HC proteins are heterodimeric cell surface proteins that serve as antigen-presenting elements for the cell-mediated immune system. Class II MHC proteins bind peptide antigens produced by endosomal proteolysis and present them at the cell surface for recognition by CD4⫹ T cells (1, 2). Newly synthesized class II MHC ␣ and ␤ glycoprotein subunits associate with the invariant chain protein that directs transport to an endosomal compartment (3). Endosomal proteins cleave the invariant chain, leaving a small peptide fragment (known as CLIP) bound in the peptide-binding site. CLIP remains in the binding site until it is exchanged for peptides generated from cell-surface or endocytosed proteins in a process facilitated by the peptide exchange factor HLA-DM (4). Peptide-loaded MHC proteins are transported to the surface for presentation to T cells. HLA-DM is important for efficient endosomal cellular loading of most class II MHC allotypes, and in its absence MHC-CLIP complexes accumulate at the surface (5–8). Crystal structures for HLA-DM and its murine equivalent H2-DM reveal that the overall fold of the molecule is similar to other class II MHC proteins (9, 10), except that the usual MHC-peptide binding groove is largely closed by rearrangements of the flanking helices. DM is not believed to bind peptides but rather to interact with the MHC protein to facilitate peptide binding and release. DM interaction sites on a class II MHC protein have been mapped recently (11). The mechanism by which DM acts to facilitate peptide exchange is an outstanding problem in the field. DM catalyzes both peptide release and binding reactions, and exhibits catalytic turnover such that more than one MHC-bound peptide can be exchanged per DM (12–14). Thus, DM can be considered an enzyme that catalyzes the peptide-binding reaction. Within this formalism, the kinetic parameters KM ⬇ 10⫺6 M and kcat ⬇ 10 min⫺1 have been estimated (15). The presence of catalytic turnover indicates that DM cannot act simply by binding to empty or peptide-loaded class II molecules, which would lead to a stoichiometric but not catalytic process. It has been hypothesized that preferential reaction of DM with rapidly dissociating species would result in editing of the peptide repertoire presented by the cell, such that only stable MHC–peptide complexes are able to get to the surface (16). DM has also been shown to bind to the empty MHC protein and prevent its inactivation and aggregation (13, 17). 12450 –12455 兩 PNAS 兩 October 23, 2001 兩 vol. 98 兩 no. 22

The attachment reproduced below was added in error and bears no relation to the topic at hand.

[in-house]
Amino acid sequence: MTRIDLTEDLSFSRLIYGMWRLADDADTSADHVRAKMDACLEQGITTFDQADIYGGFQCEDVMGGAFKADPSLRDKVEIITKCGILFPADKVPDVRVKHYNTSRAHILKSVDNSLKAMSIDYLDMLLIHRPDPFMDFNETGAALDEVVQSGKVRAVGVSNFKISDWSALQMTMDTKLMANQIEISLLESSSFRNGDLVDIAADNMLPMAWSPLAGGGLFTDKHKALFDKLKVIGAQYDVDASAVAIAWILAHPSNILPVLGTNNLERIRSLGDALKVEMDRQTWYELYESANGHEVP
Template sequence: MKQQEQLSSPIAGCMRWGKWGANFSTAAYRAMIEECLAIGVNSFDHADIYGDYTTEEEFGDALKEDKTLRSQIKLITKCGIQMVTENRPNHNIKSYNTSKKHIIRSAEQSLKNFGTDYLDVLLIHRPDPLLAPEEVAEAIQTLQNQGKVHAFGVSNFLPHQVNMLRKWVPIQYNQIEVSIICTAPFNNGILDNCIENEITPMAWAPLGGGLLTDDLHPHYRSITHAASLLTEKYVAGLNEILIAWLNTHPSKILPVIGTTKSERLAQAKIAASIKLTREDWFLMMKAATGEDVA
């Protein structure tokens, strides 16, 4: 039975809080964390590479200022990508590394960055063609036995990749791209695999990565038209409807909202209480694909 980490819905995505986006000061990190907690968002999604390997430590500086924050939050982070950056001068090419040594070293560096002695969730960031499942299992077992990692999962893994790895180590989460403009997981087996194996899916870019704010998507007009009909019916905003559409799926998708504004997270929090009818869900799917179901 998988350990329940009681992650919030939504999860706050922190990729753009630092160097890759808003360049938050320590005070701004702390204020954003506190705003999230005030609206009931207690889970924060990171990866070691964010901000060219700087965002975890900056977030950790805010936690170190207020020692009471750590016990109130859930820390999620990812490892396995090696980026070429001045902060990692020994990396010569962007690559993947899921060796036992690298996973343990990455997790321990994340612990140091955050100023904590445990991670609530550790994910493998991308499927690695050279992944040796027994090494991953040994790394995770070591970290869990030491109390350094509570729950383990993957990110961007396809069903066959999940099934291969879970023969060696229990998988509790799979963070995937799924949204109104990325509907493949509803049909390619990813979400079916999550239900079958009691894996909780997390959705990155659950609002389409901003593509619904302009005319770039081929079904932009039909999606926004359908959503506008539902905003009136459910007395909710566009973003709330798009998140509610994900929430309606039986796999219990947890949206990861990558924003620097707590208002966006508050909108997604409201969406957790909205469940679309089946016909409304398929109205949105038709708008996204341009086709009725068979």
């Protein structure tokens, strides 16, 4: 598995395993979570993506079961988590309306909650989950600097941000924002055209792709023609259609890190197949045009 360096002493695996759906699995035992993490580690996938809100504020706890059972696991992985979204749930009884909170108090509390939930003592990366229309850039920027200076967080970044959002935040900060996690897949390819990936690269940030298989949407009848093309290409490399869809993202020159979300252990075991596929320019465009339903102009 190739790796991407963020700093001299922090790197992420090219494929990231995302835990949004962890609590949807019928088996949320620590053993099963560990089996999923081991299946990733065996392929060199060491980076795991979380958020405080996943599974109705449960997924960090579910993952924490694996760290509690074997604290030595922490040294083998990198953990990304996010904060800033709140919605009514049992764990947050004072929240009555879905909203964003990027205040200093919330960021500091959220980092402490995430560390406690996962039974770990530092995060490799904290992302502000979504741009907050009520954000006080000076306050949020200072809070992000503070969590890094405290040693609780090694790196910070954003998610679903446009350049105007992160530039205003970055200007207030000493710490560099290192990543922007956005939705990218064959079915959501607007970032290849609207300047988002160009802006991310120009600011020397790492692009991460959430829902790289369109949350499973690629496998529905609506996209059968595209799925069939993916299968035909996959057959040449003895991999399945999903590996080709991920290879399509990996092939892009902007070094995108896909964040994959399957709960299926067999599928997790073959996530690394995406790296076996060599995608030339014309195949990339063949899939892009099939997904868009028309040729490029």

The mechanism of DM-mediated peptide exchange catalysis would be clarified by determination of the exact step or steps in the MHC antigen-loading mechanism that are affected. The MHC–peptide-binding mechanism is complex, and currently several kinetic models exist for peptide binding to class II MHCs. Rabinowitz et al. (18) demonstrated the production of a ‘‘peptide-receptive’’ form of the empty MHC protein after incubation with a fast-dissociating peptide. The peptide-receptive form was able to bind peptides with rate constants nearly 1,000-fold greater than previously measured (19 –21). The peptidereceptive form reverted to a less-active form with a half time of ⬇5–10 min (18). From these data, it was concluded that class II MHCs undergo a reversible isomerization between peptidereceptive (MHCreceptive) and peptide-averse (MHCaverse) states with different affinities for peptides. Natarajan et al. (22) also observed similar behavior and found that some fraction of reverted MHC molecules cannot bind peptide any further, suggesting a competing irreversible inactivation or denaturation step. Within this mechanistic framework, the same group in another study suggested that DM edits the peptide-MHC repertoire by specifically recognizing unstable conformations of MHC–peptide and actively converting them to peptide-receptive MHC (23). We have proposed an elaboration of this mechanism, in which the productive binding pathway includes a peptideinduced conformational change after the bimolecular step. This mechanism was based on our observations of saturation of the peptide-binding rate with increasing concentrations of peptide or protein (24). These data are consistent with a unimolecular conformational change between transient (MHCpep⬘) and stable (MHCpep) conformations after the initial binding complex, in addition to the conversion between peptide-receptive and -averse forms of empty MHCs (Scheme 1). k1